The British National Archives recently released files related to intelligence operations during World War II. This particular set of declassified documents contain discussions about the possibility of the British Foreign Office and Security and Intelligence Services (SIS – also known as MI6) “providing a list of French and Germans who would be priorities for assassination (possibly by Special Operations Executive) at the time of Operation Overlord” (codename for the battle of Normandy).
Charles Peake, attached to Supreme Headquarters Allied Expeditionary Force (SHAEF), wrote to Peter Loxley from the Foreign Office on April 15, 1944 that from the German side Stulpnagel, Runstedt, and Rommel look likely, but there may be some Vichy collaborators whose removal from the scene would assist.”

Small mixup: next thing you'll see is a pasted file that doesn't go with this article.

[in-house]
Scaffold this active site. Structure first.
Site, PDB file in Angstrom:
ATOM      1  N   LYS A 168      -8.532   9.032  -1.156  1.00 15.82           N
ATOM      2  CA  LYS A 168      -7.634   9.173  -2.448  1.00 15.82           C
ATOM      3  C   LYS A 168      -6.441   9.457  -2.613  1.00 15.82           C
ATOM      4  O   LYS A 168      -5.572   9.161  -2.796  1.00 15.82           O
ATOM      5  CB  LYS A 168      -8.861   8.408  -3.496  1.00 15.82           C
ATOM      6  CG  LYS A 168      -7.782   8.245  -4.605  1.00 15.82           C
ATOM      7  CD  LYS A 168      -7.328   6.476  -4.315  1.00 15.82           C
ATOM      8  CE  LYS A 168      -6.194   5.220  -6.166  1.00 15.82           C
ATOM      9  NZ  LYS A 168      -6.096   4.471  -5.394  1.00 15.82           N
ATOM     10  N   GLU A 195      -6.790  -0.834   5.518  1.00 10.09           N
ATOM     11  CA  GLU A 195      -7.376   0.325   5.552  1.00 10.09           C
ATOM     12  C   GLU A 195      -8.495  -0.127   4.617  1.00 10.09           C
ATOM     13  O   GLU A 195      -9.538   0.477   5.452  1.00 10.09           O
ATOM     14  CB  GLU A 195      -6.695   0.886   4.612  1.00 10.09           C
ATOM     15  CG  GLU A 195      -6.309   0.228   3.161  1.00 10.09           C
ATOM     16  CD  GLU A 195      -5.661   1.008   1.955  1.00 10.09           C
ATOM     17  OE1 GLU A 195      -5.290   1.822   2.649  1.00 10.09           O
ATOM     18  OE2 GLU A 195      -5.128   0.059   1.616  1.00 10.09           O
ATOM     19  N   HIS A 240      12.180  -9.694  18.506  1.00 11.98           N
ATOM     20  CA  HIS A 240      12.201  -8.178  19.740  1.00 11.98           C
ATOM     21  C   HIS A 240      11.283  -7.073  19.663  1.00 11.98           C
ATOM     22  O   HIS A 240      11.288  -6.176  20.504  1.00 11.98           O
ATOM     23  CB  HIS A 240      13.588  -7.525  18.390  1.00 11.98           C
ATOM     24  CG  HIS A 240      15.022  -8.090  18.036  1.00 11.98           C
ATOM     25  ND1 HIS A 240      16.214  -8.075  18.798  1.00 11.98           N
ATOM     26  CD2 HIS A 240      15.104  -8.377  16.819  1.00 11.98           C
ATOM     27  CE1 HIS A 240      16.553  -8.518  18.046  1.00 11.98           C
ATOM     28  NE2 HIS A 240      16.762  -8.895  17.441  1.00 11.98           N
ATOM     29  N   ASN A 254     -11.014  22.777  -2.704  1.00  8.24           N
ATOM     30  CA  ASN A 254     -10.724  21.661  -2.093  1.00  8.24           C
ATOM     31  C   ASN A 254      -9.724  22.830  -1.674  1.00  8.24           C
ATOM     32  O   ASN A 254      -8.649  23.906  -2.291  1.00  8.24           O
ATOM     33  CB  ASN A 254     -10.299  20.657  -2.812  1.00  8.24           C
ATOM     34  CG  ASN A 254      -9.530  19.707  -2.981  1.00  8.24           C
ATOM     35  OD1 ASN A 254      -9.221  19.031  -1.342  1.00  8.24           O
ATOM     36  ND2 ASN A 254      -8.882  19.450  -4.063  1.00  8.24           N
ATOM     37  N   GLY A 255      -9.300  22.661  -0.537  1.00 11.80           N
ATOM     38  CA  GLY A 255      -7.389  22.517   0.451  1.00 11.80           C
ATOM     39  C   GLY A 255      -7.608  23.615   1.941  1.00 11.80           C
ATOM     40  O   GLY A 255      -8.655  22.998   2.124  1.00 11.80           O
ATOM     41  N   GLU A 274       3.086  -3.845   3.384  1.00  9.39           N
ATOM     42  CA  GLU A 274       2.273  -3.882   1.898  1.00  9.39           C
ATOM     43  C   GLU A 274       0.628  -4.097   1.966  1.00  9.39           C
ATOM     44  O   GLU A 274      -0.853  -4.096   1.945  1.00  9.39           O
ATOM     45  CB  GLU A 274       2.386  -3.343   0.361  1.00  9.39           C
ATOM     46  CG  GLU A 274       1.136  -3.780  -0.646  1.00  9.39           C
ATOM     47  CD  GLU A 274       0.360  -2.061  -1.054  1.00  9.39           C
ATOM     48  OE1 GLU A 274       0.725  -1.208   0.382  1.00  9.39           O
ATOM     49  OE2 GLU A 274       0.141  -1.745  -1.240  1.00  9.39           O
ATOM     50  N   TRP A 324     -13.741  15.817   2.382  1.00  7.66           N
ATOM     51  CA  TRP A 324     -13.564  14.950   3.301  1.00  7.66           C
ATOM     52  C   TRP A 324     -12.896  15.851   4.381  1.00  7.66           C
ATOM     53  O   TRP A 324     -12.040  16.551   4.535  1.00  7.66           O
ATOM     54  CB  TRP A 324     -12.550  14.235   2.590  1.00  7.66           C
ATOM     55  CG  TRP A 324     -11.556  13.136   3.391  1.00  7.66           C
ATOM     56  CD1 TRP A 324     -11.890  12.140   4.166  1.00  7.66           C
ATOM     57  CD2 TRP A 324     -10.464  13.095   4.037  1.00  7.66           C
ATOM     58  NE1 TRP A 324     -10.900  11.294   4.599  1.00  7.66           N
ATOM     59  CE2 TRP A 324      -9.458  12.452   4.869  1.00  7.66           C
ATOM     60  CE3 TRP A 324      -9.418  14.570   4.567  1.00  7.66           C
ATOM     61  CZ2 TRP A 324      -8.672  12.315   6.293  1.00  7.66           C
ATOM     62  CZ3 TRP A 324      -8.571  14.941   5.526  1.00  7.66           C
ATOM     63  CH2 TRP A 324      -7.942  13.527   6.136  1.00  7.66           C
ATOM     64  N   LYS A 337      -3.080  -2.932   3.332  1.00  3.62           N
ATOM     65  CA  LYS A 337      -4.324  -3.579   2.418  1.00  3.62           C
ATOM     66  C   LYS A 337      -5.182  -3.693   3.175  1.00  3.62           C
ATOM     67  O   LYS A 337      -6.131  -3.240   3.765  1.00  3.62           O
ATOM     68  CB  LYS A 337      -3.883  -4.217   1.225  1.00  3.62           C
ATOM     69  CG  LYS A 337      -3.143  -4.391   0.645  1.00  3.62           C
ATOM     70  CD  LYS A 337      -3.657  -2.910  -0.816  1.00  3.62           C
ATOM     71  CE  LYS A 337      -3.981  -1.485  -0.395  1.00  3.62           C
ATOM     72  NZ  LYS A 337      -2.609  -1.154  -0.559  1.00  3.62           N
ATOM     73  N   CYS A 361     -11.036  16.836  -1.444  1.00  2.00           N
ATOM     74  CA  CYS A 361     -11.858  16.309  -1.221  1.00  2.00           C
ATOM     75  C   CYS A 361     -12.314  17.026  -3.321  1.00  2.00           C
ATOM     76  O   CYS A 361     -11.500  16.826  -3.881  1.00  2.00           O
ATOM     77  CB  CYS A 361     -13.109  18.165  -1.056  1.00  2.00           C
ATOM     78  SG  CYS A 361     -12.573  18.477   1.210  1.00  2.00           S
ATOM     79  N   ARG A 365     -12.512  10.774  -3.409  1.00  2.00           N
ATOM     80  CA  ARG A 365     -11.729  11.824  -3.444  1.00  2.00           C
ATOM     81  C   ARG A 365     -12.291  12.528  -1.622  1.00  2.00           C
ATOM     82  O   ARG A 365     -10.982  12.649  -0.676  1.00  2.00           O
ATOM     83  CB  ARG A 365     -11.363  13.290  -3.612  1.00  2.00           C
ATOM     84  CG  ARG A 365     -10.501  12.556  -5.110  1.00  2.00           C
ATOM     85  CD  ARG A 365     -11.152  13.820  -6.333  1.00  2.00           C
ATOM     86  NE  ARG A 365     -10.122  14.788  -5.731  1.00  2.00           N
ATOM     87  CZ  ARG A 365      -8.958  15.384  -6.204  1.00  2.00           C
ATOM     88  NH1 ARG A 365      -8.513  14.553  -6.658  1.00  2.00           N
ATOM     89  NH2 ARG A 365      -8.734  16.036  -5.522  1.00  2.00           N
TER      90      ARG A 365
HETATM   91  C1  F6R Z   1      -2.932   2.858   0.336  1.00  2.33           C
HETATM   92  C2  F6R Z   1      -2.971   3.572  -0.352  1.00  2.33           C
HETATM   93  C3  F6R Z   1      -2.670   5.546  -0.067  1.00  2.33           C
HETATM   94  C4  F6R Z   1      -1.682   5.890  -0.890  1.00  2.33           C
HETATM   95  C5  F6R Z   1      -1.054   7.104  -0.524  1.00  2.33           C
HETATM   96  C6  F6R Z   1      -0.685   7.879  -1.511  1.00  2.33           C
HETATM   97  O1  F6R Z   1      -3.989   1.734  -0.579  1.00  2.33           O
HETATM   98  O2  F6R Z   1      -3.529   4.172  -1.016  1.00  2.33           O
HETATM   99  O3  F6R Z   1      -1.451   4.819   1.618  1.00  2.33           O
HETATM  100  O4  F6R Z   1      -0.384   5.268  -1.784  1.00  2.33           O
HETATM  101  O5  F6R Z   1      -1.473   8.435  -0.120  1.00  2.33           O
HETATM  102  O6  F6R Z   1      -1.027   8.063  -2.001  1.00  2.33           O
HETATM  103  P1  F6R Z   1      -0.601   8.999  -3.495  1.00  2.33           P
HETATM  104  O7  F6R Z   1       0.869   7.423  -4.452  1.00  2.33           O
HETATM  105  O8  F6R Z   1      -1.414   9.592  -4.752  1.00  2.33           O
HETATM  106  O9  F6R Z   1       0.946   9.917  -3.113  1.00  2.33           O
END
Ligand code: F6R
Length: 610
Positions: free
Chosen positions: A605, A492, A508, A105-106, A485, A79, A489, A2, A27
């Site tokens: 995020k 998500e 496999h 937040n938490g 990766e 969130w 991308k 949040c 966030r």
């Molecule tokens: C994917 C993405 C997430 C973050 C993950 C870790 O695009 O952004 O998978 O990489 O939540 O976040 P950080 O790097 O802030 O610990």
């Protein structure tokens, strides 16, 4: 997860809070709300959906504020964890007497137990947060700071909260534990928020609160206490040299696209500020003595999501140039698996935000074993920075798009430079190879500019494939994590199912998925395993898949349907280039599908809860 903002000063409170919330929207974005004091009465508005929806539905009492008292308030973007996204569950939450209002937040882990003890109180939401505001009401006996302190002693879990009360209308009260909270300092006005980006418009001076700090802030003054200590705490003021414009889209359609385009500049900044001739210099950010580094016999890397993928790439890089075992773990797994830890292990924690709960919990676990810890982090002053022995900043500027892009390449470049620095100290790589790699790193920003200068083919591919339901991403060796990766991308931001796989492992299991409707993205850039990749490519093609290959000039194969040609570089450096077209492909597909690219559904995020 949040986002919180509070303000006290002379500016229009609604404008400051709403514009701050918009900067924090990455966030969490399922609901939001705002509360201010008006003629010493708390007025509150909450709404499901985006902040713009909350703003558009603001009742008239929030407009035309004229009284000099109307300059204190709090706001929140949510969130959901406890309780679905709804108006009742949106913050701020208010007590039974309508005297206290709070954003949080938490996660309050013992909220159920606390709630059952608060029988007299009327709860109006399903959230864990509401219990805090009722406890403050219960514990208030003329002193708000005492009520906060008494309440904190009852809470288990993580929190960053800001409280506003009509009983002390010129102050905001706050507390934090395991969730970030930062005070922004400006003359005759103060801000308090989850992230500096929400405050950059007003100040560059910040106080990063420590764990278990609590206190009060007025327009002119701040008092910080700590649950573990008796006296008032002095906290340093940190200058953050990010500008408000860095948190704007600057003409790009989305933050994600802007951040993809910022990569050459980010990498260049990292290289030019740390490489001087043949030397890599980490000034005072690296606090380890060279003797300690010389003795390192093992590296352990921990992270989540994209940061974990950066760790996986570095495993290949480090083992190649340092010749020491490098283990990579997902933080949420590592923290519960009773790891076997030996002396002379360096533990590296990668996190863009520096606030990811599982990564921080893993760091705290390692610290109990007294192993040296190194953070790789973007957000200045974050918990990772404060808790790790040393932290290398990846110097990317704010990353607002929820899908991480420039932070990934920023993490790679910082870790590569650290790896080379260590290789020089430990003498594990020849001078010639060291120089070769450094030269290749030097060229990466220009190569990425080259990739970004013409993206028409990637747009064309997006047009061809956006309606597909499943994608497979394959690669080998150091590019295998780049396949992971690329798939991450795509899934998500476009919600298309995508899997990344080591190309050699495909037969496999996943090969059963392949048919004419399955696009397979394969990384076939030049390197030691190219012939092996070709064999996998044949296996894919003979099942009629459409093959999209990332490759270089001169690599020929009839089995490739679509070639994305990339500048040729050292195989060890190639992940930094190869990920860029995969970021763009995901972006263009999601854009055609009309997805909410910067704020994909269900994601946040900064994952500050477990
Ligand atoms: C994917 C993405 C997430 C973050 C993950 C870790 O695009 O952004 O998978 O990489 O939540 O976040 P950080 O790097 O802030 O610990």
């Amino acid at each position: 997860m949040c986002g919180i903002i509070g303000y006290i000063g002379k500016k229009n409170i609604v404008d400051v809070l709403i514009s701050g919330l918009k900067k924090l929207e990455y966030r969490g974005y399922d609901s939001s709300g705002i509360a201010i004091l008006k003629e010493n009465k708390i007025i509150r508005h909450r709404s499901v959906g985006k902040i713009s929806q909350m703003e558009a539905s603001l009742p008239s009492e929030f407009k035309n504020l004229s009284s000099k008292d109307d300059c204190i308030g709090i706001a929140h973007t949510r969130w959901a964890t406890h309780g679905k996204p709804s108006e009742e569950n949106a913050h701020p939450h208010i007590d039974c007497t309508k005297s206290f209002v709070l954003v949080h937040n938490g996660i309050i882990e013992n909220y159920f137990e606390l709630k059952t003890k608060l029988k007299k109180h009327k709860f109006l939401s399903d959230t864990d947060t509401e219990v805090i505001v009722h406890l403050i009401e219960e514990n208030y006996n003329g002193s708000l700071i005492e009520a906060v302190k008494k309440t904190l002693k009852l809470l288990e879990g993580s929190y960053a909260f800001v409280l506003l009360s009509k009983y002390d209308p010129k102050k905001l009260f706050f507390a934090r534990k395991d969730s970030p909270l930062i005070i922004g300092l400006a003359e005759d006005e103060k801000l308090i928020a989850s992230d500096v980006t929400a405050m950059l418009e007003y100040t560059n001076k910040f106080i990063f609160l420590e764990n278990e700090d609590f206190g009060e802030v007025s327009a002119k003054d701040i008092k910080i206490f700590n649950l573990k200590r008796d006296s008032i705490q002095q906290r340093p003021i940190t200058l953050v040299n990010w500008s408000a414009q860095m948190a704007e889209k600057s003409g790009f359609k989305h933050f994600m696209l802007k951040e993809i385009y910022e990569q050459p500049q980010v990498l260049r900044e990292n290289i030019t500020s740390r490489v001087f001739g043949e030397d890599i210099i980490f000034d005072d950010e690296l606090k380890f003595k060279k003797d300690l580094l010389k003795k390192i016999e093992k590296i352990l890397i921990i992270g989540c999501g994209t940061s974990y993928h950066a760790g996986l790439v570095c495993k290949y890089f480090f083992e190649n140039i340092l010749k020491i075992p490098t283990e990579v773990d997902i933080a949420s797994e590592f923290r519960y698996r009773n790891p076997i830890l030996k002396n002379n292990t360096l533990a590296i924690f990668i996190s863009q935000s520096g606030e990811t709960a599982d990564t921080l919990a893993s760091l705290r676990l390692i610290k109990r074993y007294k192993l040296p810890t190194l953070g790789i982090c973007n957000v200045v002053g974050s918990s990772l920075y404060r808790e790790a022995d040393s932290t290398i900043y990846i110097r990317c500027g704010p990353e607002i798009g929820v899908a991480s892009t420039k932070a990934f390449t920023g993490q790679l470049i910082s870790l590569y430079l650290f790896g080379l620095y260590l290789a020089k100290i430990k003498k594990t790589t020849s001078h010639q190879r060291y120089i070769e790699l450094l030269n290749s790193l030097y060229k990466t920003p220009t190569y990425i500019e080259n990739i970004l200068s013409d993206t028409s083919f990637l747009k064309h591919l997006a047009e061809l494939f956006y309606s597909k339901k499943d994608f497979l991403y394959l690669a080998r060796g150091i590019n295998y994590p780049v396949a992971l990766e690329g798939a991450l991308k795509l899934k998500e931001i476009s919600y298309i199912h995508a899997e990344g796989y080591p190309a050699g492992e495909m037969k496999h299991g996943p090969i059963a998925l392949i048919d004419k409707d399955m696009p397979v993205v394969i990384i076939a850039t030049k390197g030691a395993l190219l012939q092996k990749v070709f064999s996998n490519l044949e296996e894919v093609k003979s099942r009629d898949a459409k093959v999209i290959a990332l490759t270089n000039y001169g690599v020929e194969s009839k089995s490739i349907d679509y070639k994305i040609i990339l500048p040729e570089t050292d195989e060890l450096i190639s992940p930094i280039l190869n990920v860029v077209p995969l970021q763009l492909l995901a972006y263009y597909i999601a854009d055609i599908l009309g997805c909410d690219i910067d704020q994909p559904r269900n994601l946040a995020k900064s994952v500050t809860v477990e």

Another ‘Top Secret’ letter from Thomas E. Bromley to SHAEF’s Peake in May 1944 states:
“If we go on record in any way as having started assassination and having designated victims, there may be a revulsion of feeling later on and the Germans may also take reprisals on our prisoners, a game at which they always win. A further consideration is that if German officials and officers are murdered in France, this may start a wave of murderings which will probably last when we are in occupation of enemy territory, with the result that the lives of members of our control and other commissions will also be endangered.”